Reading the West 11-8-10 | TheFencePost.com
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Reading the West 11-8-10

Candy Moulton
Encampment, Wyo.

I generally like to use this space to write about books that are new, or at least recently written by writers who are still “making a living” from their work. As a result I seldom include titles that are by “old masters.” But every once in a while it is good to go back into the past and read books/stories written by some of the classic writers.

Take Zane Grey, for example. He is known for his traditional Westerns, many of them still in print, and others being re-released in new forms (often with material restored that was edited out of the original publications. When Grey first visited the West, he became friends with Buffalo Jones, the “last of the plainsmen” as he once called him in the book that was subsequently written about Jones. The man had been witness to the great herds of buffalo that once ranged across the Great Plains, and he was a participant in the destruction of those herds.

In early 1923 Gray decided he would write the epic story of the buffalo, the great hunt that decimated them, and the battle between Plains Indians and buffalo hunters. Upon completion of the manuscript, he sent it to the Ladies Home Journal and the editor there agreed to buy it. However, before it was sold, Grey was asked to make extensive changes to the story structure and tone. The rewrite left the original story as decimated as the buffalo herds he had written about.

“Buffalo Stampede,” published by Five Star, is the original manuscript Grey wrote. This version is the story of the buffalo herds, their relentless pursuit by hunters across the Great Plains, and their eventual demise. This is a story that is a panorama of the war for the buffalo and a literary restoration of an original manuscript.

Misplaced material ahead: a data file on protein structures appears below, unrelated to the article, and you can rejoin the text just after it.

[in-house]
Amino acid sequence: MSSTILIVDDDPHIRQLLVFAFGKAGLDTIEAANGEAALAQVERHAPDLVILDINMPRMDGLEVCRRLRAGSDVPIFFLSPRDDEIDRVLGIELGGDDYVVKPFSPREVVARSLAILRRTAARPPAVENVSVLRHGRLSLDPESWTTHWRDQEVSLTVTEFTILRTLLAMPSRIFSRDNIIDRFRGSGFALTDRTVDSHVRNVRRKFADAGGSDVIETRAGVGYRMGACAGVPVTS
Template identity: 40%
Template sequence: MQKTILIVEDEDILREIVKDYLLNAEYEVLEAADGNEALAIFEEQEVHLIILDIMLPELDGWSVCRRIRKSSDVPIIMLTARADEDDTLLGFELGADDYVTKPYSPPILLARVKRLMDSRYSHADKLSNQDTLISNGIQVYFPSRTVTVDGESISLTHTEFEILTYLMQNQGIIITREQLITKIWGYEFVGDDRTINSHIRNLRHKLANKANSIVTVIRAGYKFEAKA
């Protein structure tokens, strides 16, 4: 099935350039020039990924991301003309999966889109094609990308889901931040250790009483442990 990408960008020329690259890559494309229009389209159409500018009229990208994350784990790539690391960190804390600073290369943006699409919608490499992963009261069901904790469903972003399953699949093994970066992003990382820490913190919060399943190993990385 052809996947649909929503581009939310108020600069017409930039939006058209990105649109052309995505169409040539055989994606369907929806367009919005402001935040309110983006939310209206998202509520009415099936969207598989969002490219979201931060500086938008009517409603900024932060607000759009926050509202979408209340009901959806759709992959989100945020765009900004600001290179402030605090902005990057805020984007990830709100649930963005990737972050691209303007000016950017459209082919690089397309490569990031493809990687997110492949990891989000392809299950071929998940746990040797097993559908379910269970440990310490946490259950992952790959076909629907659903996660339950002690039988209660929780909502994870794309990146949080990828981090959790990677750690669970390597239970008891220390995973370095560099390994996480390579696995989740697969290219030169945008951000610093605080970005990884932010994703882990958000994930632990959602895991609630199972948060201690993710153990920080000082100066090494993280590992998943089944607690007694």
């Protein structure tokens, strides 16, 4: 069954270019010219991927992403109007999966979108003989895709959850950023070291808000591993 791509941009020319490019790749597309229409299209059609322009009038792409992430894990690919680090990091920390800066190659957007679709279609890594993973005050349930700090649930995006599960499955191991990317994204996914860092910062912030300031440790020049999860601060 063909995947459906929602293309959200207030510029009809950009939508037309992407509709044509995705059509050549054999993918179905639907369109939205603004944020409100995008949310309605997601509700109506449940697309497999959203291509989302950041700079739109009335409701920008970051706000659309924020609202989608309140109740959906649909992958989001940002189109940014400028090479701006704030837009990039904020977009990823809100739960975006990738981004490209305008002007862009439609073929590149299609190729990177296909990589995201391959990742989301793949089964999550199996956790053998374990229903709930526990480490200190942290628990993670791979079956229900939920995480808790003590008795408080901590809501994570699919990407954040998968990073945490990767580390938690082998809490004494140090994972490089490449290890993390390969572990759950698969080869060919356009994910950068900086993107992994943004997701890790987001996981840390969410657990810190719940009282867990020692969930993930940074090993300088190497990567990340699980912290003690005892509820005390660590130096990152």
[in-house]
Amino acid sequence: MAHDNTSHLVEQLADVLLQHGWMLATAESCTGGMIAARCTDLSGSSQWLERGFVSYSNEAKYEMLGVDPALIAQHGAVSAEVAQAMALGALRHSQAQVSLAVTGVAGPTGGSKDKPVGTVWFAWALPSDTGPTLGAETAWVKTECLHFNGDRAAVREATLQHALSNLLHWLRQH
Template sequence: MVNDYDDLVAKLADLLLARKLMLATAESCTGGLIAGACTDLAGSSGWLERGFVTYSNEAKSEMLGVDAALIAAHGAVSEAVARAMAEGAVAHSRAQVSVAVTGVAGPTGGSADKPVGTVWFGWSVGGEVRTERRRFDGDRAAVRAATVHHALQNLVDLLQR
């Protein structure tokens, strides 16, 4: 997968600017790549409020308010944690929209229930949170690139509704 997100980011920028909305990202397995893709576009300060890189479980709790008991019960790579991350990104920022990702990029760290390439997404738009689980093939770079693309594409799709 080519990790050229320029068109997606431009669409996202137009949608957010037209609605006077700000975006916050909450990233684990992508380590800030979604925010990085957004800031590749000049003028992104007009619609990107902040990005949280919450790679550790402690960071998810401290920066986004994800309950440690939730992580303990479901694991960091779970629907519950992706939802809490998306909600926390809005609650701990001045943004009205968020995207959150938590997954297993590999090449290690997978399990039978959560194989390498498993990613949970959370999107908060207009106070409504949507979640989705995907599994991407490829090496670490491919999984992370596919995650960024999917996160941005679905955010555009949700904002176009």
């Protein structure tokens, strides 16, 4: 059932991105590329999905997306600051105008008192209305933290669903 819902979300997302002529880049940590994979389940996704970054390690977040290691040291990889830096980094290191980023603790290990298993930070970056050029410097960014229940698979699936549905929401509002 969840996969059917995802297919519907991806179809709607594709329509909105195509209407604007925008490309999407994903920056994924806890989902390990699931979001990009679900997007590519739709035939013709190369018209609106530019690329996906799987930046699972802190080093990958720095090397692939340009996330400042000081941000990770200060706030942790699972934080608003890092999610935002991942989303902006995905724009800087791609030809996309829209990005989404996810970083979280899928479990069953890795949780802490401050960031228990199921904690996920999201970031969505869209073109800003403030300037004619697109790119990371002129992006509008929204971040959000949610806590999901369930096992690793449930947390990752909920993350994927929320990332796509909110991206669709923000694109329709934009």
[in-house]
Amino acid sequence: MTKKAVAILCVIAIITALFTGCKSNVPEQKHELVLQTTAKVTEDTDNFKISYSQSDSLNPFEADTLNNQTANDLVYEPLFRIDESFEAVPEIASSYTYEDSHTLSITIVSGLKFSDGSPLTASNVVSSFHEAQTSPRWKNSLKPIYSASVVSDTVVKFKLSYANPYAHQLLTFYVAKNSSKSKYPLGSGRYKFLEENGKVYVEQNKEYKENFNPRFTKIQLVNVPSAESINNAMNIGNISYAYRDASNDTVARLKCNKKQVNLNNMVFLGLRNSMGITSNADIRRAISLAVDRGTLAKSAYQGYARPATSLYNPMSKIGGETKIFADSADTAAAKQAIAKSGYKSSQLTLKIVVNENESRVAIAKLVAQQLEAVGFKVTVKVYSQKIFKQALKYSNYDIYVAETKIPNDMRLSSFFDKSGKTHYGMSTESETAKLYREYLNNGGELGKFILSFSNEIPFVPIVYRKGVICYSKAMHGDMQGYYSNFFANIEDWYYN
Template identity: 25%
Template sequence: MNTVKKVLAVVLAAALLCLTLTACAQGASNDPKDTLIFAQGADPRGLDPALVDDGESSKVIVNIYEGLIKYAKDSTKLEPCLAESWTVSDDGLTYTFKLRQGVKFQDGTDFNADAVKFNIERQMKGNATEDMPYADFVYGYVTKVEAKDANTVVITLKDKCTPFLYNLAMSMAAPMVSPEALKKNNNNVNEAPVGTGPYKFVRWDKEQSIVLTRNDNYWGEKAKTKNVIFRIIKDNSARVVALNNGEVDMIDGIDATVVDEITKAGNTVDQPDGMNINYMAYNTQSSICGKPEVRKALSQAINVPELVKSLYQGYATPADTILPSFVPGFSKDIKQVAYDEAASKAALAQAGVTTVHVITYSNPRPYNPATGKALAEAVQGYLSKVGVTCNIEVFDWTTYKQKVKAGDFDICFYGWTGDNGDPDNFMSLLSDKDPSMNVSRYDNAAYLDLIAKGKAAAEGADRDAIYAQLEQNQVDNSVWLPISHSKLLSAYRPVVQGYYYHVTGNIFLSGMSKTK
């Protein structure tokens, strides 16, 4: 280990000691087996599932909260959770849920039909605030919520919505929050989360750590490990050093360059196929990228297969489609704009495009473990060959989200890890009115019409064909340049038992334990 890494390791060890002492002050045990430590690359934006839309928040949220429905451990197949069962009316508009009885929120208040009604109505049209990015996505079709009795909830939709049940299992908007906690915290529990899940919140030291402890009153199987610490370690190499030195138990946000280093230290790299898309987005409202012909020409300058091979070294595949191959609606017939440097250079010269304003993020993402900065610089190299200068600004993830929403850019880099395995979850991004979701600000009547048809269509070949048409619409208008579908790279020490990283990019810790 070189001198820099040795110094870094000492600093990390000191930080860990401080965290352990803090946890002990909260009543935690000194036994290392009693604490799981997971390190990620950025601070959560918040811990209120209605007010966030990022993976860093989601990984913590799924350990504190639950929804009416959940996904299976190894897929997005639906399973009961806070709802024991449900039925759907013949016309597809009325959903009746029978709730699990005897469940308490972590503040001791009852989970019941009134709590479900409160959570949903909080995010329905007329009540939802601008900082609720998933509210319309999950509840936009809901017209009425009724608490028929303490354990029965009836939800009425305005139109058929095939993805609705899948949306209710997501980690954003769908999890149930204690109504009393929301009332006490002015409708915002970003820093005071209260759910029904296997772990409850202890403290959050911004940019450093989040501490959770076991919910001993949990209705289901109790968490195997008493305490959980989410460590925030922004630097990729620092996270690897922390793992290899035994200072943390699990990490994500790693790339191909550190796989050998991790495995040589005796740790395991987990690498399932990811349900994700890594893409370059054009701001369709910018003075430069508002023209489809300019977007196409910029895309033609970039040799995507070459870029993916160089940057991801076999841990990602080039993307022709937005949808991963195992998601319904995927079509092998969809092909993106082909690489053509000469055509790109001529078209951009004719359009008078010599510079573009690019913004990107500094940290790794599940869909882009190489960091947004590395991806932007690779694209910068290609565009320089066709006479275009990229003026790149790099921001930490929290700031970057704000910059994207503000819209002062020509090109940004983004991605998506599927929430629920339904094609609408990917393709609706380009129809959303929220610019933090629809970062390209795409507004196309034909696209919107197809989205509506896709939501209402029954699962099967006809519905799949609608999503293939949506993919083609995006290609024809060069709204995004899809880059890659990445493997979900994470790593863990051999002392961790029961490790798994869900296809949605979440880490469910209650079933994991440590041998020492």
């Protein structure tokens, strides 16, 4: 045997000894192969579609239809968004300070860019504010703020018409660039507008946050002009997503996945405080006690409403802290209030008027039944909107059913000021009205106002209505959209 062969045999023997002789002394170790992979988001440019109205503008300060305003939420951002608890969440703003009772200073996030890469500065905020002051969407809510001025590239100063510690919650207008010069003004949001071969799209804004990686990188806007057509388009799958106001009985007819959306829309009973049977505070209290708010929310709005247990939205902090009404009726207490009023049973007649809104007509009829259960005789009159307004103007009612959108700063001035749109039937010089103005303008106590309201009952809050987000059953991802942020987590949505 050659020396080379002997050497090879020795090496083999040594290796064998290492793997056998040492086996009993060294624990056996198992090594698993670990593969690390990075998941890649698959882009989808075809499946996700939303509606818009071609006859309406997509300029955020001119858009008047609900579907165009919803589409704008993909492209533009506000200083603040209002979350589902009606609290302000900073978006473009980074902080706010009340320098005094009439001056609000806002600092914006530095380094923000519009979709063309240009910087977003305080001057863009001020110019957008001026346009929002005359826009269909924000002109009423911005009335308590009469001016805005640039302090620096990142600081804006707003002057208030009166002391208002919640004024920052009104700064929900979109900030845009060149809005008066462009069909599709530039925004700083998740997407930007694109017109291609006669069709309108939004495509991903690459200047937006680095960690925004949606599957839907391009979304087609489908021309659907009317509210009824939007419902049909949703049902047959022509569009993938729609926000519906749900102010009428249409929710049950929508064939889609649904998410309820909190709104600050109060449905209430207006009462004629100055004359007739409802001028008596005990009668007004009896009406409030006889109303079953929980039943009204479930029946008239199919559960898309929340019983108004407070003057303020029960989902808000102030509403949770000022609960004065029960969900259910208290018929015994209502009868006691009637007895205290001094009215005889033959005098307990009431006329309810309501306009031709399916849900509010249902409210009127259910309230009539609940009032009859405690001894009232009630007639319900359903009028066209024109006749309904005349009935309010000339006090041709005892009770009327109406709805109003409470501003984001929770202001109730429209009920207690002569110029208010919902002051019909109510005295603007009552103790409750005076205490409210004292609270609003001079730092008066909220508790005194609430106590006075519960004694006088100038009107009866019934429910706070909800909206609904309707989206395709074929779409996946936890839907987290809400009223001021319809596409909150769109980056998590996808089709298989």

Historian and novelist A.B. Guthrie Jr., is best known for his Pulitzer Prize winning book, “The Way West.” The University of Nebraska Press/Bison Books has now released reprints of two of Guthrie’s lesser known, but equally compelling novels that are murder mysteries. In “No Second Wind,” Guthrie reintroduces readers to Sheriff Chick Charleston of Midbury, Mont., where the wolves are howling, the temperature is plummeting, and the debate over strip mining is moving into high gear. Charleston must try to calm hotheads on both sides of the mining issue, while enforcing the law.

Charleston is assisted by Jason Beard, who is instructed to find another deputy for the short-handed department, only to find the likeliest candidate is not really all that likely. And then there is a murder at the Chicken Shack, where the miners hang out, giving the sheriff and his sidekick an extra doze of trouble to figure out.

The prequel novels to “No Second Wind” are “Wild Pitch” and “The Genuine Article.” Bison Books has also put out a new edition of the sequel to the book, “Playing Catch-up.” In this title Jason Beard must help Sheriff Charleston solve the murder of a call girl. This puts Jase in an interview with the local madam, whose view of the town is extensive and unusual. An assortment of drifters, cranks, and the uncooperative police from the neighboring town of Overthurst, make Jase’s job that much more difficult. Guthrie has an unerring touch in creating story and most importantly place.

If you haven’t read anything by these classic Western writers for a spell, it’s time to find one of these novels and escape with them into the West.


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